• It was a productive forum for risk professionals to ask their peers how they approach different issues, like balancing knowledge sharing and security or ensuring compliance with outside counsel guidelines. A good session with lots of food for thought.
Our next Risk Roundtable meeting will take place October 24th in San Francisco. Watch this space for more details. (If you'd like to join us in San Francisco, or host a Risk Roundtable in your neck of the woods, please feel free to get it touch: dan@riskroundtable.com.)

Thursday, October 13, 2011

Facing Conflicts Allegations, Law Firm Representing Solyndra Cites Ethical Screen

Facts continue to come to light around the controversy underlying government loan guarantees to the now bankrupt Solyndra solar power company. Now Wilson Sonsini Goodrich & Rosati stands accused of a conflict in connecting with its work represented the company.

The firm worked with Solyndra on its aborted $300m IPO last year, among other matters, generating $2.4m in fees. As it turns out, a corporate partner at the firm was married to a senior official in the US Energy Department's loan guarantee oversight group (Steven Spinner). Information is coming to light alleging that Spinner exercised influence behind the scenes to push through loan guarantees for the firm.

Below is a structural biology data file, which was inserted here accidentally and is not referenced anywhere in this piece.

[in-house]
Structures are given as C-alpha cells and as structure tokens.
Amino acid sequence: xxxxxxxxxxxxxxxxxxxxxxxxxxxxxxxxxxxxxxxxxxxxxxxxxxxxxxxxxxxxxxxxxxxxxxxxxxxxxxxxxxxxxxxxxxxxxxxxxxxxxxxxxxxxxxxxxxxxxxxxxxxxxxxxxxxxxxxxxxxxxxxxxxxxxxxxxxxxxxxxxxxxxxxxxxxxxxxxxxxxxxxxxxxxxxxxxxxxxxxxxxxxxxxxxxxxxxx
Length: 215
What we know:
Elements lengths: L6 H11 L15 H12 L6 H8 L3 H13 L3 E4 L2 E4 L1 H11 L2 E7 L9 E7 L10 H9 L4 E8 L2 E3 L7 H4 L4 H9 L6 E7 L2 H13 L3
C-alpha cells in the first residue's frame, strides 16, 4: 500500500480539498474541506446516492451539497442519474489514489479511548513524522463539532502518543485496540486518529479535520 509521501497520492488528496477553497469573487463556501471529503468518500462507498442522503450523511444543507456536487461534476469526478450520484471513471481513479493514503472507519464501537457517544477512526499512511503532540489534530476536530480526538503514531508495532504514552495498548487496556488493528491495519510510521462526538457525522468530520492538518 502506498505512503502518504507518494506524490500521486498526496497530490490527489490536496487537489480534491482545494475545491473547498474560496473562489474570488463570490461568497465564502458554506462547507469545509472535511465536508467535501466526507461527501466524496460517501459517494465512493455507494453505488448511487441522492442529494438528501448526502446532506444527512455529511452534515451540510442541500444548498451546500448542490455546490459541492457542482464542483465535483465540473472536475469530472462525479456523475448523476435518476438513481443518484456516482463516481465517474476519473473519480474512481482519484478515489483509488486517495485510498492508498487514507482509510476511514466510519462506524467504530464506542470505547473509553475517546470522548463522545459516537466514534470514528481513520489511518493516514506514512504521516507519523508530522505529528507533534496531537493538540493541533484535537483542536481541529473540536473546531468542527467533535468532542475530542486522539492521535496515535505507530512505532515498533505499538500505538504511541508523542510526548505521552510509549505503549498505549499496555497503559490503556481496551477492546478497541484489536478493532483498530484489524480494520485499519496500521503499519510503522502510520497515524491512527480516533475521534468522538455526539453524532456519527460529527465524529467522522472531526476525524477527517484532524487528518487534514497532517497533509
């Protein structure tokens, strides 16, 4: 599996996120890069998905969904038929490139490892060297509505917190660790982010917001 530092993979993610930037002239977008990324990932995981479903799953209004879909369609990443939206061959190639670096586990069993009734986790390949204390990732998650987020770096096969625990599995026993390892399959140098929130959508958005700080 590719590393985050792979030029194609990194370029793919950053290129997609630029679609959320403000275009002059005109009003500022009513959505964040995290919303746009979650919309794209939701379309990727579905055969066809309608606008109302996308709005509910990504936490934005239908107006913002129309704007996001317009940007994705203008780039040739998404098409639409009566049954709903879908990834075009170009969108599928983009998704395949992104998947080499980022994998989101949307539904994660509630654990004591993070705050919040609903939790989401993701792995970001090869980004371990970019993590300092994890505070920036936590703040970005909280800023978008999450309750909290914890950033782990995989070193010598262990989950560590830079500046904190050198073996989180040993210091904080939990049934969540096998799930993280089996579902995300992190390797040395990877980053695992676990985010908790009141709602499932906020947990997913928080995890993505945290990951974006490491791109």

As The American Lawyer reports: Spinner "...had pushed hard for the Obama administration to provide Solyndra with the loan that helped sink it."

When approached about the connect, Wilson Sonsini stated: "Allison [Spinner] did not work on the Solyndra transaction, nor has she ever worked with the company in any capacity... Also, the firm established an ethical wall around Allison with respect to [Wilson Sonsini's] representation of clients in matters involving [Energy Department] loan programs."